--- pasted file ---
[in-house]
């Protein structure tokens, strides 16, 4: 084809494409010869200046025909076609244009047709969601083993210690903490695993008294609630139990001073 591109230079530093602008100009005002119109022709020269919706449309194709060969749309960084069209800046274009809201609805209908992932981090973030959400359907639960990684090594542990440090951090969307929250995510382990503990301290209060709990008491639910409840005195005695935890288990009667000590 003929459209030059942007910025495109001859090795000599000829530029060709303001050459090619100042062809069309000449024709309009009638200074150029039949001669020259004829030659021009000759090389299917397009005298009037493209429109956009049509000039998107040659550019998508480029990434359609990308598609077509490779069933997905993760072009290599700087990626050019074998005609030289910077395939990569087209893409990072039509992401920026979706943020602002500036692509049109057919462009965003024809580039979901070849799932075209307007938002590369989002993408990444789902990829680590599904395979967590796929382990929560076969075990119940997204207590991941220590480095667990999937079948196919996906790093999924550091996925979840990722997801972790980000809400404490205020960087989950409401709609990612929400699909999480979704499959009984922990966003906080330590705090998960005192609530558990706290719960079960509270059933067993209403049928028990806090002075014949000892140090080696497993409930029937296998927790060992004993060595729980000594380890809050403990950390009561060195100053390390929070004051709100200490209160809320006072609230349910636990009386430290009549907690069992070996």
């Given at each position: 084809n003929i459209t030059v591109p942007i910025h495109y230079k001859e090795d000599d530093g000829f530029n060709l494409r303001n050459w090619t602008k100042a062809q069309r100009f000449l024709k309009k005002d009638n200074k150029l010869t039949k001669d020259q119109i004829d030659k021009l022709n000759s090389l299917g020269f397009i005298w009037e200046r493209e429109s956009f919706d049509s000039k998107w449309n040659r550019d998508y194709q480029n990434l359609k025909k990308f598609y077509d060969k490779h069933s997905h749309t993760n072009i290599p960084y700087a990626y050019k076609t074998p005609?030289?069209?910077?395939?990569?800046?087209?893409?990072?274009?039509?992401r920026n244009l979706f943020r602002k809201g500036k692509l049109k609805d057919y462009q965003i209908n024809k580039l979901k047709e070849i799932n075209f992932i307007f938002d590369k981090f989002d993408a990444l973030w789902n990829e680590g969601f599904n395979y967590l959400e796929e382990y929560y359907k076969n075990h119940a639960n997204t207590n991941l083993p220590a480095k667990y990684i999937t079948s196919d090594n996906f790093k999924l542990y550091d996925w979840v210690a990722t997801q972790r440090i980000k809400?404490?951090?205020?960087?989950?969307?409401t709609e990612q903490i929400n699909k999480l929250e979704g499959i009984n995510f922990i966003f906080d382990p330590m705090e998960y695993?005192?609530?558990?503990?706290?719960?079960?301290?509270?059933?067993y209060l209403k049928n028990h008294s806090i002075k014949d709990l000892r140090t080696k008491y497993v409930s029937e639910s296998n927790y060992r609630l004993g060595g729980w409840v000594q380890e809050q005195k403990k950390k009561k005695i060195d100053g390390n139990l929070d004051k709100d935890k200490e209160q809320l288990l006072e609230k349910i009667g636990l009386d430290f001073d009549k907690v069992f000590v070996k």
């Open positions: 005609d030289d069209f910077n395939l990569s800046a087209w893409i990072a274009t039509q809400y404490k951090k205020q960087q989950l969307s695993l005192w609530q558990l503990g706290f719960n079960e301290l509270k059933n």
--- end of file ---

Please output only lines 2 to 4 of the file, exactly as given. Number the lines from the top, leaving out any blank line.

């Protein structure tokens, strides 16, 4: 084809494409010869200046025909076609244009047709969601083993210690903490695993008294609630139990001073 591109230079530093602008100009005002119109022709020269919706449309194709060969749309960084069209800046274009809201609805209908992932981090973030959400359907639960990684090594542990440090951090969307929250995510382990503990301290209060709990008491639910409840005195005695935890288990009667000590 003929459209030059942007910025495109001859090795000599000829530029060709303001050459090619100042062809069309000449024709309009009638200074150029039949001669020259004829030659021009000759090389299917397009005298009037493209429109956009049509000039998107040659550019998508480029990434359609990308598609077509490779069933997905993760072009290599700087990626050019074998005609030289910077395939990569087209893409990072039509992401920026979706943020602002500036692509049109057919462009965003024809580039979901070849799932075209307007938002590369989002993408990444789902990829680590599904395979967590796929382990929560076969075990119940997204207590991941220590480095667990999937079948196919996906790093999924550091996925979840990722997801972790980000809400404490205020960087989950409401709609990612929400699909999480979704499959009984922990966003906080330590705090998960005192609530558990706290719960079960509270059933067993209403049928028990806090002075014949000892140090080696497993409930029937296998927790060992004993060595729980000594380890809050403990950390009561060195100053390390929070004051709100200490209160809320006072609230349910636990009386430290009549907690069992070996």
């Given at each position: 084809n003929i459209t030059v591109p942007i910025h495109y230079k001859e090795d000599d530093g000829f530029n060709l494409r303001n050459w090619t602008k100042a062809q069309r100009f000449l024709k309009k005002d009638n200074k150029l010869t039949k001669d020259q119109i004829d030659k021009l022709n000759s090389l299917g020269f397009i005298w009037e200046r493209e429109s956009f919706d049509s000039k998107w449309n040659r550019d998508y194709q480029n990434l359609k025909k990308f598609y077509d060969k490779h069933s997905h749309t993760n072009i290599p960084y700087a990626y050019k076609t074998p005609?030289?069209?910077?395939?990569?800046?087209?893409?990072?274009?039509?992401r920026n244009l979706f943020r602002k809201g500036k692509l049109k609805d057919y462009q965003i209908n024809k580039l979901k047709e070849i799932n075209f992932i307007f938002d590369k981090f989002d993408a990444l973030w789902n990829e680590g969601f599904n395979y967590l959400e796929e382990y929560y359907k076969n075990h119940a639960n997204t207590n991941l083993p220590a480095k667990y990684i999937t079948s196919d090594n996906f790093k999924l542990y550091d996925w979840v210690a990722t997801q972790r440090i980000k809400?404490?951090?205020?960087?989950?969307?409401t709609e990612q903490i929400n699909k999480l929250e979704g499959i009984n995510f922990i966003f906080d382990p330590m705090e998960y695993?005192?609530?558990?503990?706290?719960?079960?301290?509270?059933?067993y209060l209403k049928n028990h008294s806090i002075k014949d709990l000892r140090t080696k008491y497993v409930s029937e639910s296998n927790y060992r609630l004993g060595g729980w409840v000594q380890e809050q005195k403990k950390k009561k005695i060195d100053g390390n139990l929070d004051k709100d935890k200490e209160q809320l288990l006072e609230k349910i009667g636990l009386d430290f001073d009549k907690v069992f000590v070996k």
């Open positions: 005609d030289d069209f910077n395939l990569s800046a087209w893409i990072a274009t039509q809400y404490k951090k205020q960087q989950l969307s695993l005192w609530q558990l503990g706290f719960n079960e301290l509270k059933n």